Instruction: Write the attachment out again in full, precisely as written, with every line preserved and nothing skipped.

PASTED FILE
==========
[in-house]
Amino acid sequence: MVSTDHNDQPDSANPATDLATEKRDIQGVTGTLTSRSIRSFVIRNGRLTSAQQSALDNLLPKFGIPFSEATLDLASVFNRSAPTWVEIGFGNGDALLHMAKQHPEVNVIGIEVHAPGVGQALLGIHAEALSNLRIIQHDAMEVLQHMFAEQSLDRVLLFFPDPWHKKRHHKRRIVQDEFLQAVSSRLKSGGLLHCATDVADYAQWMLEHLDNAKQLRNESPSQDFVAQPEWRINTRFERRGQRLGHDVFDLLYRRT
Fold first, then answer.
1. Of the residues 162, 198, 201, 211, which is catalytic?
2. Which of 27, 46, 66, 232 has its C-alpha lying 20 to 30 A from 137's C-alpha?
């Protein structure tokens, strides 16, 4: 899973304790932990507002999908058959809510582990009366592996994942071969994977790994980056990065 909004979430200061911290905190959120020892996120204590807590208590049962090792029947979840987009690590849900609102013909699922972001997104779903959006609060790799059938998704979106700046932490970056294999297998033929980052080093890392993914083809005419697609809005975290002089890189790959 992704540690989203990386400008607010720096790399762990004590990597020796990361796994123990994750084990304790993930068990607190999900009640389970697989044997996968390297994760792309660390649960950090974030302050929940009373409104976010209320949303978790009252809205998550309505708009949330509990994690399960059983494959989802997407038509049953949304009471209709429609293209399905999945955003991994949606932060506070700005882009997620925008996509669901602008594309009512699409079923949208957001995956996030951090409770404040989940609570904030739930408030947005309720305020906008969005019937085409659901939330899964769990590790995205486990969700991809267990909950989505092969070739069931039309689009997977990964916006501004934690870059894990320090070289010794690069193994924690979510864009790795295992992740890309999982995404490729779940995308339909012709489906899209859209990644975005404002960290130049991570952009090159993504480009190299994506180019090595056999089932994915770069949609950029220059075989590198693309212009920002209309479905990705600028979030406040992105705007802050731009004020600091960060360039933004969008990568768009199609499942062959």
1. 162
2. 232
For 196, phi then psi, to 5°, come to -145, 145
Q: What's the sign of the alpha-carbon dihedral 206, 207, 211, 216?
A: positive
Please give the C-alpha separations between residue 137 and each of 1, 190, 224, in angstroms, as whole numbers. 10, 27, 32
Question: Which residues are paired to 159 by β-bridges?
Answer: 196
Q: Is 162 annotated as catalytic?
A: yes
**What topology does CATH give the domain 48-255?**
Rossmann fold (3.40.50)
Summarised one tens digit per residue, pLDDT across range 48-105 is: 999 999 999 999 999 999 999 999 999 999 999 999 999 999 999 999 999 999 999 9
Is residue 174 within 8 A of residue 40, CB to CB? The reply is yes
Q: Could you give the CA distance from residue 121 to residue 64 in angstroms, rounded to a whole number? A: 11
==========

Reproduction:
[in-house]
Amino acid sequence: MVSTDHNDQPDSANPATDLATEKRDIQGVTGTLTSRSIRSFVIRNGRLTSAQQSALDNLLPKFGIPFSEATLDLASVFNRSAPTWVEIGFGNGDALLHMAKQHPEVNVIGIEVHAPGVGQALLGIHAEALSNLRIIQHDAMEVLQHMFAEQSLDRVLLFFPDPWHKKRHHKRRIVQDEFLQAVSSRLKSGGLLHCATDVADYAQWMLEHLDNAKQLRNESPSQDFVAQPEWRINTRFERRGQRLGHDVFDLLYRRT
Fold first, then answer.
1. Of the residues 162, 198, 201, 211, which is catalytic?
2. Which of 27, 46, 66, 232 has its C-alpha lying 20 to 30 A from 137's C-alpha?
């Protein structure tokens, strides 16, 4: 899973304790932990507002999908058959809510582990009366592996994942071969994977790994980056990065 909004979430200061911290905190959120020892996120204590807590208590049962090792029947979840987009690590849900609102013909699922972001997104779903959006609060790799059938998704979106700046932490970056294999297998033929980052080093890392993914083809005419697609809005975290002089890189790959 992704540690989203990386400008607010720096790399762990004590990597020796990361796994123990994750084990304790993930068990607190999900009640389970697989044997996968390297994760792309660390649960950090974030302050929940009373409104976010209320949303978790009252809205998550309505708009949330509990994690399960059983494959989802997407038509049953949304009471209709429609293209399905999945955003991994949606932060506070700005882009997620925008996509669901602008594309009512699409079923949208957001995956996030951090409770404040989940609570904030739930408030947005309720305020906008969005019937085409659901939330899964769990590790995205486990969700991809267990909950989505092969070739069931039309689009997977990964916006501004934690870059894990320090070289010794690069193994924690979510864009790795295992992740890309999982995404490729779940995308339909012709489906899209859209990644975005404002960290130049991570952009090159993504480009190299994506180019090595056999089932994915770069949609950029220059075989590198693309212009920002209309479905990705600028979030406040992105705007802050731009004020600091960060360039933004969008990568768009199609499942062959």
1. 162
2. 232
For 196, phi then psi, to 5°, come to -145, 145
Q: What's the sign of the alpha-carbon dihedral 206, 207, 211, 216?
A: positive
Please give the C-alpha separations between residue 137 and each of 1, 190, 224, in angstroms, as whole numbers. 10, 27, 32
Question: Which residues are paired to 159 by β-bridges?
Answer: 196
Q: Is 162 annotated as catalytic?
A: yes
**What topology does CATH give the domain 48-255?**
Rossmann fold (3.40.50)
Summarised one tens digit per residue, pLDDT across range 48-105 is: 999 999 999 999 999 999 999 999 999 999 999 999 999 999 999 999 999 999 999 9
Is residue 174 within 8 A of residue 40, CB to CB? The reply is yes
Q: Could you give the CA distance from residue 121 to residue 64 in angstroms, rounded to a whole number? A: 11